How is quartz used in everyday life?
About quartz crystals
quartz (scientific name: Deep quartz or α-quartz) is a mineral with the chemical composition SiO2 and trigonal symmetry. It is the stable form (modification) of silicon dioxide on the earth's surface and, after the feldspars, the second most common mineral in the earth's crust. With a Mohs hardness of 7, quartz is one of the hard minerals and serves as a reference value on the Friedrich Mohs scale, which goes up to 10 (diamond). It often forms well-developed crystals of a great variety of shapes and colors, the crystal surfaces of which have a glass luster. Quartz cannot be split, it breaks like glass and has a greasy sheen on the broken surfaces.
Quartz is one of the most important minerals in industry and is of global importance both as a building material and as a raw material for the ceramic, glass and cement industries. Quartz sand is the raw material for the extraction of silicon. In addition, quartz and its colored varieties have long been valued as a gemstone.
Quartz crystals are also produced artificially: oscillating quartz crystals cut from them serve as clock generators in electronic circuits and quartz watches.
Quartz shows a strong piezoelectric effect perpendicular to the prism axis along the a-axes. A quartz crystal reacts to pressure or tension with an electrical polarization along the direction of the force. Conversely, the application of an electrical direct voltage leads to an expansion or compression of the crystal. If an alternating voltage with a suitable frequency is applied, the crystal can be excited to vibrate in resonance. The resonance frequency depends on the geometry (shape and size) of the crystal. Due to the regularity and accuracy of these oscillations, quartz oscillators are used in quartz oscillators as a time base and clock generator for electronic circuits, for example in clocks, computers, digital and radio technology devices.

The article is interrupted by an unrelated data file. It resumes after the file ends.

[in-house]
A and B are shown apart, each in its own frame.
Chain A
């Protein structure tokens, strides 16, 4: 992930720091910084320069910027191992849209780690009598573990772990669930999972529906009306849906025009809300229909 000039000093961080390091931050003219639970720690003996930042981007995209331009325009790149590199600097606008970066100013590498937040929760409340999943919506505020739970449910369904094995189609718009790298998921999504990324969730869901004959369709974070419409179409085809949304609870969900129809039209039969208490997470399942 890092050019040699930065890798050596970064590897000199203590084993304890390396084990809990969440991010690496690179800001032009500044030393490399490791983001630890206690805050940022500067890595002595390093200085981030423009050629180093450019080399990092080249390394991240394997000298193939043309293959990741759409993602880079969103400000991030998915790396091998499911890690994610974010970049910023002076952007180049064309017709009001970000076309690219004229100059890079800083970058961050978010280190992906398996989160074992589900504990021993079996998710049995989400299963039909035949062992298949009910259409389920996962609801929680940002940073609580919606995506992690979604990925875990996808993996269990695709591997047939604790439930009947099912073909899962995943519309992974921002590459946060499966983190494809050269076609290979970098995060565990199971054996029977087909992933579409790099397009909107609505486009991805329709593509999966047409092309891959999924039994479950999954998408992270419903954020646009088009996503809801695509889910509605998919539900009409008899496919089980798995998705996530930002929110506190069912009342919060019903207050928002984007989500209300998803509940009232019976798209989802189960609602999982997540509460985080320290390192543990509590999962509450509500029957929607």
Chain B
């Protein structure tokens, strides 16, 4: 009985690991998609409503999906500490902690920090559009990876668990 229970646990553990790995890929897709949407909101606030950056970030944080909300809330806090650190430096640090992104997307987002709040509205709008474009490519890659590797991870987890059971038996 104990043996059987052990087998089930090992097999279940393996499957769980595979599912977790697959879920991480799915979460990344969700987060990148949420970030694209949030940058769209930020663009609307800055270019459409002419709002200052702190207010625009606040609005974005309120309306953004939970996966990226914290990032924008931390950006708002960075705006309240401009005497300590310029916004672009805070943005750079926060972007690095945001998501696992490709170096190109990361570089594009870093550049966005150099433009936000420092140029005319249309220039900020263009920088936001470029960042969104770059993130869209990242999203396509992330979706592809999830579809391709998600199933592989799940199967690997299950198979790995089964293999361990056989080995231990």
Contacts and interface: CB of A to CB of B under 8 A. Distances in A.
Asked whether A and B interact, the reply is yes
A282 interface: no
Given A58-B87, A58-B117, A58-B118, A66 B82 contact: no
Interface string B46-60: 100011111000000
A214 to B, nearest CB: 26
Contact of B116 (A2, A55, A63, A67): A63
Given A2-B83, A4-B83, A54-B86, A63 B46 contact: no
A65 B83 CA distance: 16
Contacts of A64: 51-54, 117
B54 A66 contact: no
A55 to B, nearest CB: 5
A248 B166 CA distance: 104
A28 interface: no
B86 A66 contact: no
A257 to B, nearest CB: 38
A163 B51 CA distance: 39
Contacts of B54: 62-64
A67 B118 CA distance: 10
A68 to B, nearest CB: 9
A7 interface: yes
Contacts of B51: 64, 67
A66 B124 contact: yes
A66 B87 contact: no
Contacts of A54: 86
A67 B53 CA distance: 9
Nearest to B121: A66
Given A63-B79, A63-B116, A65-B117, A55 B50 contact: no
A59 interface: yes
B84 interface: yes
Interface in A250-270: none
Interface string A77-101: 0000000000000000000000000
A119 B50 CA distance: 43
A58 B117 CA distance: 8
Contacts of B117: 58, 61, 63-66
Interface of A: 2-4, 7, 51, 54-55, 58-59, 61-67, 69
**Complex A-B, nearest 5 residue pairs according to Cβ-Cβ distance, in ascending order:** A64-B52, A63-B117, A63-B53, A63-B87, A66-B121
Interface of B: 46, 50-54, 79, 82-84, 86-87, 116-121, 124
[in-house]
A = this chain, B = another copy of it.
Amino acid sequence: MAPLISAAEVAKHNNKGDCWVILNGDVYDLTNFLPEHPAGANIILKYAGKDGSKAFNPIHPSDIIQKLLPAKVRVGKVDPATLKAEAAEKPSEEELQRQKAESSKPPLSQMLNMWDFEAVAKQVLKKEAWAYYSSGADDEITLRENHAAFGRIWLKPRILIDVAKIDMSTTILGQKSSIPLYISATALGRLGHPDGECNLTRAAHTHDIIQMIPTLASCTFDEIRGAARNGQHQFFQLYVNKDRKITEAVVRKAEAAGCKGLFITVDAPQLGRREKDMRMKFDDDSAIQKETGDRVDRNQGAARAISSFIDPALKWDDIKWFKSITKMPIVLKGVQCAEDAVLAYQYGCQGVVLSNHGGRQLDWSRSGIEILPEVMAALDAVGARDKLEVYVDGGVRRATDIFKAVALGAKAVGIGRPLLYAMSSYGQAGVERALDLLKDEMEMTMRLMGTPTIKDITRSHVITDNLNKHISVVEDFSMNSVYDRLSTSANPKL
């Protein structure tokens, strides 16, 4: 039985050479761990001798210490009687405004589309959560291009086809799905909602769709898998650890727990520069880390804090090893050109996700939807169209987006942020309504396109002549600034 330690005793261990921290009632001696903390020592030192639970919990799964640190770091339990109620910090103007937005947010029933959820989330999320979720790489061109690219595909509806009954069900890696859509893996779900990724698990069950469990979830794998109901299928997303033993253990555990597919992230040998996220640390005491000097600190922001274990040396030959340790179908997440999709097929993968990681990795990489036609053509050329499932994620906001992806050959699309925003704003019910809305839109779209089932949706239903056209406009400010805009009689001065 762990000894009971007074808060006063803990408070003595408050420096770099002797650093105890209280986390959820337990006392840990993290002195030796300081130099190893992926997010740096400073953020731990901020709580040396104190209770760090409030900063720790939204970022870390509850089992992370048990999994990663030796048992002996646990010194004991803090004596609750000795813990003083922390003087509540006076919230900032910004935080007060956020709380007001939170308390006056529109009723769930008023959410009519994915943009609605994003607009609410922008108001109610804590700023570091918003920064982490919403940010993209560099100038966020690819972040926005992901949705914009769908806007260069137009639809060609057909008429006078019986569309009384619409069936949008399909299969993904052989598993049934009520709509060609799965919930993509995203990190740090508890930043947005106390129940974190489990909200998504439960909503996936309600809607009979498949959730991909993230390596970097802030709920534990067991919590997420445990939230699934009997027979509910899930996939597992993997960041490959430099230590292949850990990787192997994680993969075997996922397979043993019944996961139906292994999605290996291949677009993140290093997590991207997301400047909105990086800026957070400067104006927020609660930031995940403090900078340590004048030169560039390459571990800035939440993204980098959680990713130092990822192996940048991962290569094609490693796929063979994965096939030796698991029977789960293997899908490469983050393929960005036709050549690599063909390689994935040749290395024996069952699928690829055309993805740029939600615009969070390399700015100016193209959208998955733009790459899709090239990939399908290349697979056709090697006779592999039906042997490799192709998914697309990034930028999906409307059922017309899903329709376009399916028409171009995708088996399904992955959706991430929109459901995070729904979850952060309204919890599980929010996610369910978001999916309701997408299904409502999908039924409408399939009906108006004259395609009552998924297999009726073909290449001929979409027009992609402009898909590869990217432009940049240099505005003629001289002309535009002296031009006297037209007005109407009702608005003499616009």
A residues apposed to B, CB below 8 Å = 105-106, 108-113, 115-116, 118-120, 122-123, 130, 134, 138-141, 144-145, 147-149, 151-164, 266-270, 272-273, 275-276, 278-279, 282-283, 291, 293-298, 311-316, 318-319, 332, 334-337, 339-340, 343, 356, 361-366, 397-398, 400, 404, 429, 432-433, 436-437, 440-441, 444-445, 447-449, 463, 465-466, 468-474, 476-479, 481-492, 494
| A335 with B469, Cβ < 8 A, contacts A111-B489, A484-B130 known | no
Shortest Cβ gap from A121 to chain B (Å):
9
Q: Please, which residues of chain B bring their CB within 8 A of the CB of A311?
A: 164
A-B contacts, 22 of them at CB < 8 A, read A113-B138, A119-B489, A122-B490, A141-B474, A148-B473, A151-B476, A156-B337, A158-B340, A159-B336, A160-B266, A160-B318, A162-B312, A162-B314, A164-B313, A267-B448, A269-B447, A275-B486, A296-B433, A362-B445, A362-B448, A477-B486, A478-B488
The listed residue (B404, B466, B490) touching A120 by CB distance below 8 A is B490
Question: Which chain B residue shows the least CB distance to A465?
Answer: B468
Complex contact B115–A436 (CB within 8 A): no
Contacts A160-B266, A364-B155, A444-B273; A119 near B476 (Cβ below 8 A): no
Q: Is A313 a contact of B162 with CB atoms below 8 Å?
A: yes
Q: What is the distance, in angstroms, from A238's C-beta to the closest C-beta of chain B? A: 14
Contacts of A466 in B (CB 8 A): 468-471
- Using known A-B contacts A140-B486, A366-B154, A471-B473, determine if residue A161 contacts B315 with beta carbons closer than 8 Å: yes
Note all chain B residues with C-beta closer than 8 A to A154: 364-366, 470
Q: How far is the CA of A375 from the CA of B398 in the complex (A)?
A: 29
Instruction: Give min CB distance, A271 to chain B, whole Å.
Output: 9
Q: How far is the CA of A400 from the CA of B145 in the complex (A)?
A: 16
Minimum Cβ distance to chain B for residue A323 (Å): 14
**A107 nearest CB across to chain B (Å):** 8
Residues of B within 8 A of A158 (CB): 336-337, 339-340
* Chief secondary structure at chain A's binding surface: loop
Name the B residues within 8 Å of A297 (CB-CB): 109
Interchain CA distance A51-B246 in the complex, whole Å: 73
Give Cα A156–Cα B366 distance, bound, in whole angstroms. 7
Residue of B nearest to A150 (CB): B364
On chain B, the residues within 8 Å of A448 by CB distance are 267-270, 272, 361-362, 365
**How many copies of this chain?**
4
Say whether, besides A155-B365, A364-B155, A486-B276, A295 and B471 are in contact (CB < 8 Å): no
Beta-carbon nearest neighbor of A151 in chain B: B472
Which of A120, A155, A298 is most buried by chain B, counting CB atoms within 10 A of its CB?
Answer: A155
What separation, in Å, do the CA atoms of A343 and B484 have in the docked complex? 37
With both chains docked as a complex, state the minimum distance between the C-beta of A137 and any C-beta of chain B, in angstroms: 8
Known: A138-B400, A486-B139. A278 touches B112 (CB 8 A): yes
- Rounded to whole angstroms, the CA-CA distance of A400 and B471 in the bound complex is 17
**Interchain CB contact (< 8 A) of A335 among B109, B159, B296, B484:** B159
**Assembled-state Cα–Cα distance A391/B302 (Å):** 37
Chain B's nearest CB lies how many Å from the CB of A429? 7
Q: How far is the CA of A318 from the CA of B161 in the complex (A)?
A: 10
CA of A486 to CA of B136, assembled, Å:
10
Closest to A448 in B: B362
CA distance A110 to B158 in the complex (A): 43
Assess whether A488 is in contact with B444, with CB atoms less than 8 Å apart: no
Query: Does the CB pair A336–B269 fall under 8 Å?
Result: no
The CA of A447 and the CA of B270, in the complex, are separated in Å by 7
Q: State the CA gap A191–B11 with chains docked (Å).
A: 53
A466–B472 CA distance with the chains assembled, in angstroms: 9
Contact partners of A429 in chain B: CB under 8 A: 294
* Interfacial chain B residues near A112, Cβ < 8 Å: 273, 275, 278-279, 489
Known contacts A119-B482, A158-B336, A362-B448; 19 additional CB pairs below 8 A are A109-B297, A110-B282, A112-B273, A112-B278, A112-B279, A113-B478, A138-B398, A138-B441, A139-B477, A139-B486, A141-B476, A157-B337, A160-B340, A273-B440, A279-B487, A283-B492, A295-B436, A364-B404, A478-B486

Use of the piezoelectric properties
Artificially drawn quartz single crystals are used, among other things, for piezoelectric applications. The piezoelectric properties of quartz are used in quartz oscillators, which, similar to a tuning fork, vibrate mechanically at a fixed frequency when excited by an electrical voltage. This made it possible to build very precise quartz watches. Quartz oscillators can be found as clock generators in practically all electronic devices today. In addition, quartz is also suitable for pressure measurements, in high-frequency technology and as an acousto-optical Q switch in lasers.
The two chiral forms of quartz, right quartz and left quartz, show an opposing piezoelectric effect. In such twins, therefore, the piezoelectric effects cancel each other out in the overall crystal, which is why they are useless for piezoelectric applications and are used less often than synthetic quartz crystals. For technical applications, the twins are often cut parallel to the (01-1) plane (AT section) or (023) plane (BT section), since the piezoelectric effect perpendicular to these planes is almost independent of the temperature.
(from Wikipedia http://de.wikipedia.org/wiki/Quarz)
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